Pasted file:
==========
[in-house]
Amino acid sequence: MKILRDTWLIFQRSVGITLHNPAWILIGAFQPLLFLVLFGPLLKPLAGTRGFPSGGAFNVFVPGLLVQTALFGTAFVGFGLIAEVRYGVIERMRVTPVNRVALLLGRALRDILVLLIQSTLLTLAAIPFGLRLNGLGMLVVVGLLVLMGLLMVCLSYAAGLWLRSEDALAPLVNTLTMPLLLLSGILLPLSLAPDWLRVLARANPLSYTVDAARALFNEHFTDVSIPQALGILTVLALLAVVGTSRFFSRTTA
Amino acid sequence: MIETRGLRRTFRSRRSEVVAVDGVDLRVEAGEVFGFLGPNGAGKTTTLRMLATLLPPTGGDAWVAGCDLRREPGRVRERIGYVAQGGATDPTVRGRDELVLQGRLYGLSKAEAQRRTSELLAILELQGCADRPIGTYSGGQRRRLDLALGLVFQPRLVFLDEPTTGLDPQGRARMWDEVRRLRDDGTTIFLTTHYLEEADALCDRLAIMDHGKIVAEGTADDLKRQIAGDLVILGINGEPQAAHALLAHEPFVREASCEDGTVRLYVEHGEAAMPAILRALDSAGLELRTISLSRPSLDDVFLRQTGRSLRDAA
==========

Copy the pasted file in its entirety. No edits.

[in-house]
Amino acid sequence: MKILRDTWLIFQRSVGITLHNPAWILIGAFQPLLFLVLFGPLLKPLAGTRGFPSGGAFNVFVPGLLVQTALFGTAFVGFGLIAEVRYGVIERMRVTPVNRVALLLGRALRDILVLLIQSTLLTLAAIPFGLRLNGLGMLVVVGLLVLMGLLMVCLSYAAGLWLRSEDALAPLVNTLTMPLLLLSGILLPLSLAPDWLRVLARANPLSYTVDAARALFNEHFTDVSIPQALGILTVLALLAVVGTSRFFSRTTA
Amino acid sequence: MIETRGLRRTFRSRRSEVVAVDGVDLRVEAGEVFGFLGPNGAGKTTTLRMLATLLPPTGGDAWVAGCDLRREPGRVRERIGYVAQGGATDPTVRGRDELVLQGRLYGLSKAEAQRRTSELLAILELQGCADRPIGTYSGGQRRRLDLALGLVFQPRLVFLDEPTTGLDPQGRARMWDEVRRLRDDGTTIFLTTHYLEEADALCDRLAIMDHGKIVAEGTADDLKRQIAGDLVILGINGEPQAAHALLAHEPFVREASCEDGTVRLYVEHGEAAMPAILRALDSAGLELRTISLSRPSLDDVFLRQTGRSLRDAA